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Mon, May

An Innovative Approach to an Ancient Problem

Disruptive Innovations

Executive Summary

There are more than 600 million betel chewers across Asia and 43 percent of the Myanmar population chews regularly1. Most betel chewers are low-income and spend significant proportions of their household income on betel quid (7.5-10 percent on average). Chewing causes a wide range of serious oral health issues, from severe staining and sensitivity, to chronic inflammation, to a pre-malignant inflammatory disease called Oral Sub Mucous Fibrosis, and oral cancer. 

We have developed the world’s first affordable oral health products specifically targeted towards betel chewer health issues. In Myanmar there are more than 150,000 betel shops that rely almost entirely on the sales of betel, and we are using our products to improve incomes of betel sellers, and support diversification away from a total reliance on betel. To date we have built a network of more than 6,000 retailers, who reach more than one million betel chewers per day. 

The Problem

There are more than 600 million low-income betel chewers across Asia2. Chewing causes serious oral health issues, from severe staining and sensitivity, to chronic inflammation, a pre-malignant inflammatory disease called Oral Sub Mucous Fibrosis, and oral cancer. Oral cancer is one of the most common cancers across betel chewing countries, and more than 80 percent of cases are preventable.

Betel chewing is a huge business. In Myanmar, more areca nuts (key component in betel nut) are grown than rice. In Taiwan, the market value of areca nuts is greater than rice. We estimate that there are around 10 million farmers in Myanmar growing one of the components of betel quid, and there are more than 150,000 shops that rely almost entirely on sales of betel quid to make a living. Excess areca nuts are exported to India, where there are up to 250 million betel quid chewers.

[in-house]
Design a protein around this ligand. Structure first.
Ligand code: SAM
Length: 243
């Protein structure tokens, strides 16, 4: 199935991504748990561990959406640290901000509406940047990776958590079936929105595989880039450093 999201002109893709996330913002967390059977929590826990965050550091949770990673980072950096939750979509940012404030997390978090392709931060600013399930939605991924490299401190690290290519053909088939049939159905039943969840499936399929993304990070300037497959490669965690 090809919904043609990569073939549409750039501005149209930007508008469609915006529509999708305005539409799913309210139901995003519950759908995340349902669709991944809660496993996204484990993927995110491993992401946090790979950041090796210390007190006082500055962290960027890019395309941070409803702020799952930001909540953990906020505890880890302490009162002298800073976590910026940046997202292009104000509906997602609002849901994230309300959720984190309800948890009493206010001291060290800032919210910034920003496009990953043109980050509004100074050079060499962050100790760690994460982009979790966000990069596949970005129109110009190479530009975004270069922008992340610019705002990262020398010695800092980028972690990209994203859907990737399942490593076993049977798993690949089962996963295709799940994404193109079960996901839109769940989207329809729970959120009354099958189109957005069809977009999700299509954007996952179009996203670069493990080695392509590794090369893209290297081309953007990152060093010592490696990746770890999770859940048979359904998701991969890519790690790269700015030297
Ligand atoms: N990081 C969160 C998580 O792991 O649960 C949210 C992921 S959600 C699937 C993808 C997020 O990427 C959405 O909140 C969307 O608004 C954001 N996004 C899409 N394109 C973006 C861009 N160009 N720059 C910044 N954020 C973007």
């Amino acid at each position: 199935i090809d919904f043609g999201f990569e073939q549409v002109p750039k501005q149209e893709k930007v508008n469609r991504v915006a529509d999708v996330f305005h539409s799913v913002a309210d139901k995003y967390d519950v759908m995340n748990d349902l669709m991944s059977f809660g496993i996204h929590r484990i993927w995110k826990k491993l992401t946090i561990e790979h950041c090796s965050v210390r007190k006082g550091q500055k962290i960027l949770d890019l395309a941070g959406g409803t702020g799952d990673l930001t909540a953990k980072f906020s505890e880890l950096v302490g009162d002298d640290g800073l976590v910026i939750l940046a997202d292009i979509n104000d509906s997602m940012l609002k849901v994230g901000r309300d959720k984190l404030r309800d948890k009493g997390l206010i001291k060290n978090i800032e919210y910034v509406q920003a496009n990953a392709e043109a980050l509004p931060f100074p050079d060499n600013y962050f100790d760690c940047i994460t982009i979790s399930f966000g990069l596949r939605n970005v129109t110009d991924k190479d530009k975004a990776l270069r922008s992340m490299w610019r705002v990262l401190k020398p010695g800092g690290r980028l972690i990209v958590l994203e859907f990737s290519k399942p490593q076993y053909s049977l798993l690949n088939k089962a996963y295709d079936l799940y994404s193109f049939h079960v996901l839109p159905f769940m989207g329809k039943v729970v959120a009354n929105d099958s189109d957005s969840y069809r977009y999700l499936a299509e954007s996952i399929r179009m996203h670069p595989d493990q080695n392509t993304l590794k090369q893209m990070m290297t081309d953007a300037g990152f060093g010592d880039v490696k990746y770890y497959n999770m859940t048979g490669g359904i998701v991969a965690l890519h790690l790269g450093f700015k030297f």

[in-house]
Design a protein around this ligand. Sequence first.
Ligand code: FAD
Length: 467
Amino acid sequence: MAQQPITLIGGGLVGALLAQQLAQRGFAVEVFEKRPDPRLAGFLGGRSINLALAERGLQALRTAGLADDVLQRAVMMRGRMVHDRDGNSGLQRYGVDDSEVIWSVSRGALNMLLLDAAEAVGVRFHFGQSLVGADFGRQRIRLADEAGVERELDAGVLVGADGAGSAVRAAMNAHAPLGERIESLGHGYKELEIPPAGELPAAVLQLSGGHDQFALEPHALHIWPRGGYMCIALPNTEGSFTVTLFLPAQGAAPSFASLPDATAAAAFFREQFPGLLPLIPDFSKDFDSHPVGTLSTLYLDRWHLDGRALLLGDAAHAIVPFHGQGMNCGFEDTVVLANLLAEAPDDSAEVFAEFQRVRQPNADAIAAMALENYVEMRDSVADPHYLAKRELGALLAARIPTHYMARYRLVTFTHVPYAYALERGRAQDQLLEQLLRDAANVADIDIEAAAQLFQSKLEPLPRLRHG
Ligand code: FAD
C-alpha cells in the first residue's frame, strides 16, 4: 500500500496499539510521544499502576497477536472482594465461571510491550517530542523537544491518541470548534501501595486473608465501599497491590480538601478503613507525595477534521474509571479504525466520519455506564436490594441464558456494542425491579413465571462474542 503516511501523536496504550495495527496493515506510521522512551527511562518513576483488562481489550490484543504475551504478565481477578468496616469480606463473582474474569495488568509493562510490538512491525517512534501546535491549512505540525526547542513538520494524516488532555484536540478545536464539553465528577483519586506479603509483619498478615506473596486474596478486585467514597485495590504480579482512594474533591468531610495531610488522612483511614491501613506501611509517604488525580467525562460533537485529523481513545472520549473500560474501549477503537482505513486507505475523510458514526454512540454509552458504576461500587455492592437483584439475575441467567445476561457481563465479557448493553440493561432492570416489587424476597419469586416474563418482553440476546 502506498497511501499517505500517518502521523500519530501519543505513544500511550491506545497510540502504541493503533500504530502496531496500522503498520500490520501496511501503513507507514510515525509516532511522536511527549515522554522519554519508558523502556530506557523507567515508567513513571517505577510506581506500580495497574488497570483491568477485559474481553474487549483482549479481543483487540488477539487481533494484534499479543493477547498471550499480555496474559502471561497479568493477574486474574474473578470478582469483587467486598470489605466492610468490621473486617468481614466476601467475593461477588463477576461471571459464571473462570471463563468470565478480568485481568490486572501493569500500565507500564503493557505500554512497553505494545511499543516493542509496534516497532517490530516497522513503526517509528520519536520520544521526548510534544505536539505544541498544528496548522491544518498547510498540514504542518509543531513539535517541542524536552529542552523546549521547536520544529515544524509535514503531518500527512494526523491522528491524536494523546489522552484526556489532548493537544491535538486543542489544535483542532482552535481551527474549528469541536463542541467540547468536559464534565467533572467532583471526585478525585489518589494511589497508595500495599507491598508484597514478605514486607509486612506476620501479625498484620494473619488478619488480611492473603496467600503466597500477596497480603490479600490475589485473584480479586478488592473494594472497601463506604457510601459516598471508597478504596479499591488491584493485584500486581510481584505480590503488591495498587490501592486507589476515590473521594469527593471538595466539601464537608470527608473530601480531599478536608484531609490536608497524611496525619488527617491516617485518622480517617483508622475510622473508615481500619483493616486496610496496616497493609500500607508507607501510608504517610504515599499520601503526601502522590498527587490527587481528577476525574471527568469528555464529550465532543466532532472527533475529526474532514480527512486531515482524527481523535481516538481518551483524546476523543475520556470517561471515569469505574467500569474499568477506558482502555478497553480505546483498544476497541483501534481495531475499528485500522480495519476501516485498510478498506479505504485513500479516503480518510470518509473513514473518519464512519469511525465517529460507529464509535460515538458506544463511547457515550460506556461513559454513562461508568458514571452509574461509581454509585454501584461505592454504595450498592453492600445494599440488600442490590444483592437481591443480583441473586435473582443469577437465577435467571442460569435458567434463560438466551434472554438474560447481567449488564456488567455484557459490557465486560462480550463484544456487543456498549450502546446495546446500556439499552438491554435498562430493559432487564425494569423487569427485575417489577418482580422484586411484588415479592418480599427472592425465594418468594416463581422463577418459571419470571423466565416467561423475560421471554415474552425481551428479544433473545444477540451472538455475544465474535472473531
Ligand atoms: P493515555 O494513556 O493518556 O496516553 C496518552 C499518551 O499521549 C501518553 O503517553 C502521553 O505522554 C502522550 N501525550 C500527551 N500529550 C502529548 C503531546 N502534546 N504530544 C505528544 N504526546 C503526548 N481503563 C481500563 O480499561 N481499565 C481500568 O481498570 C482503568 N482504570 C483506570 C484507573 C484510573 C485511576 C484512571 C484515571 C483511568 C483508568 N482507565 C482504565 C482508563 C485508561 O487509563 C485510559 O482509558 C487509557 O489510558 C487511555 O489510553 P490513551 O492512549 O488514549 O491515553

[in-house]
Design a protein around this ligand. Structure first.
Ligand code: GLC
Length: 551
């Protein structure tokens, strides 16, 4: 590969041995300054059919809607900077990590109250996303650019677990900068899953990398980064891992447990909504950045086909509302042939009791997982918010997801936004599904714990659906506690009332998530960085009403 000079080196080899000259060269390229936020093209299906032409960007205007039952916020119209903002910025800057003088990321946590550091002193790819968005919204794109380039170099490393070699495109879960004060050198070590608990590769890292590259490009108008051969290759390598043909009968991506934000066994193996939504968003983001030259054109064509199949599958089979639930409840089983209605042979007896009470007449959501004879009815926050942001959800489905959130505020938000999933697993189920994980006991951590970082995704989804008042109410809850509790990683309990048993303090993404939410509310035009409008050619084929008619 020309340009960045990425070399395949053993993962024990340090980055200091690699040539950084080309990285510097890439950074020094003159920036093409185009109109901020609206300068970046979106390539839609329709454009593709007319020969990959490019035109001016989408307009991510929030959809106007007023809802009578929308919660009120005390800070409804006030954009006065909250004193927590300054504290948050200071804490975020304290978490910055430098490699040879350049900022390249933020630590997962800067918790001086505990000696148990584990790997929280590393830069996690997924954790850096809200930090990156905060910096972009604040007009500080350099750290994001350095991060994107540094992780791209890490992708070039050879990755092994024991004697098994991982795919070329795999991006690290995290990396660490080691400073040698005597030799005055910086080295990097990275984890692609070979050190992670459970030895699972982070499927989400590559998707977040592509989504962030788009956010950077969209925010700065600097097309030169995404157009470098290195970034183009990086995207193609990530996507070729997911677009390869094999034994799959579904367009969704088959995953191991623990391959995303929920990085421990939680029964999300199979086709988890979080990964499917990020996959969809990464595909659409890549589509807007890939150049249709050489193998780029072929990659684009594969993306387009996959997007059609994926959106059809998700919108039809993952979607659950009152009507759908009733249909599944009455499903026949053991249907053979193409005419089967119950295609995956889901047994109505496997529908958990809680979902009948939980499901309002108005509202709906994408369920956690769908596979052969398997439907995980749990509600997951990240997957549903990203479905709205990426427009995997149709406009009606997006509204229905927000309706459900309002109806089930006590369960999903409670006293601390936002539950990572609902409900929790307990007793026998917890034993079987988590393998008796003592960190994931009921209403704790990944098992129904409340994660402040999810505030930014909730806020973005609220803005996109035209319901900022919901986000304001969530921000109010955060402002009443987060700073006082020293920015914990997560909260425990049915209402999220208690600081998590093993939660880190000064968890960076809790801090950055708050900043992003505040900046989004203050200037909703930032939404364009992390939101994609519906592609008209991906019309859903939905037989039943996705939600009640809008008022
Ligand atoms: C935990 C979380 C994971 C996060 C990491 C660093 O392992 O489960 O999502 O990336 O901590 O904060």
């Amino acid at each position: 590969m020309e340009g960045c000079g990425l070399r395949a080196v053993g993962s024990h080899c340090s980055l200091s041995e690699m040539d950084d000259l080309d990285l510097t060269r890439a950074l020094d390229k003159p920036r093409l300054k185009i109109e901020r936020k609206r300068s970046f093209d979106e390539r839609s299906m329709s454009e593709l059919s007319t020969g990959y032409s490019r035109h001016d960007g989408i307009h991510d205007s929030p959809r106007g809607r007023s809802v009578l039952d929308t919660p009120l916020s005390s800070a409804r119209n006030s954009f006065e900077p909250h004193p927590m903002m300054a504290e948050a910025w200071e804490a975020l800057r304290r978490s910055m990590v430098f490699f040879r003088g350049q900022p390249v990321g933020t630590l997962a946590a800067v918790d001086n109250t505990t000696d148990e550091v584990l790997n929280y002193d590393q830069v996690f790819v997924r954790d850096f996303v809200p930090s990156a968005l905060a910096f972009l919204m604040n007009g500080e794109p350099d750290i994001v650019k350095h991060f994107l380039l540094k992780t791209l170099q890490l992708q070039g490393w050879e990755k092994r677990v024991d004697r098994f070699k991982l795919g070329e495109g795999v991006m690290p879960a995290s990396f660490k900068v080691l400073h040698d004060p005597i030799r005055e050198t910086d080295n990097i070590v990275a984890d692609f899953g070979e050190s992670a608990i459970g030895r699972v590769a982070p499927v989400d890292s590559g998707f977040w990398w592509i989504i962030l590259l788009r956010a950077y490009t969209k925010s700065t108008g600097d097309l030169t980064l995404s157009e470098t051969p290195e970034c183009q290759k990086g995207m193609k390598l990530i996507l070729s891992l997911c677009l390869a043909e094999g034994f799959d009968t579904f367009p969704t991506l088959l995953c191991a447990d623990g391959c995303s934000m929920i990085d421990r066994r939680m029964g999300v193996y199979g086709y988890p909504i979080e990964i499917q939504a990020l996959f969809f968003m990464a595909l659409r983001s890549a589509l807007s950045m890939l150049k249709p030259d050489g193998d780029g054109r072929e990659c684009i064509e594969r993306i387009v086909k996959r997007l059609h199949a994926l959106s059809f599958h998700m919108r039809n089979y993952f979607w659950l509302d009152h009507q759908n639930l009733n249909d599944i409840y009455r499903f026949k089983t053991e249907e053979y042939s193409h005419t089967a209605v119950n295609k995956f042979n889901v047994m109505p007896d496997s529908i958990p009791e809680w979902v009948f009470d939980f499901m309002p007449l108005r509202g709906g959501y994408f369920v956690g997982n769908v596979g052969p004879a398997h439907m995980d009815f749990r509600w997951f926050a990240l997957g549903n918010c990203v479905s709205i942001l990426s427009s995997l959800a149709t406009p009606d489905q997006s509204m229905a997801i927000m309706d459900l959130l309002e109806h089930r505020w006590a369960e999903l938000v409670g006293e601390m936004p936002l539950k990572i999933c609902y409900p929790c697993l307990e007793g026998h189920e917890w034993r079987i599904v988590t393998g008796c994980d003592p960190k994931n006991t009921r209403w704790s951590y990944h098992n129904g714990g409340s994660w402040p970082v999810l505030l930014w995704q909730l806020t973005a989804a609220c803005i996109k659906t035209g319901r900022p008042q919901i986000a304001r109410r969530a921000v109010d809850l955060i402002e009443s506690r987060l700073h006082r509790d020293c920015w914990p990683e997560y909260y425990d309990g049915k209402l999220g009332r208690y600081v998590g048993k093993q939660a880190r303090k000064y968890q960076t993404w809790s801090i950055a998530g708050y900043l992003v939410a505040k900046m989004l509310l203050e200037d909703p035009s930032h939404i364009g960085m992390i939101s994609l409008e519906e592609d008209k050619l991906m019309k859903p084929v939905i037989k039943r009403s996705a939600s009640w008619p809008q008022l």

While there is evidence of betel chewing going back more than 3,000 years and it was long viewed to offer health benefits, the serious negative effects of betel chewing are well accepted. Increasingly betel users express a concern about their oral health or a desire to quit. In Myanmar 78 percent of chewers report wanting to quit, 93 percent suffer from teeth staining, 91 percent report their families wanting them to stop chewing, and 73 percent believe chewing is dangerous for their health. When the new democratically elected government came to power in 2016, reducing the health impacts of betel chewing was featured on their 100-day plan. However, they abandoned these efforts within 14 days amid public concern over the economic impacts of restricting the sale of betel.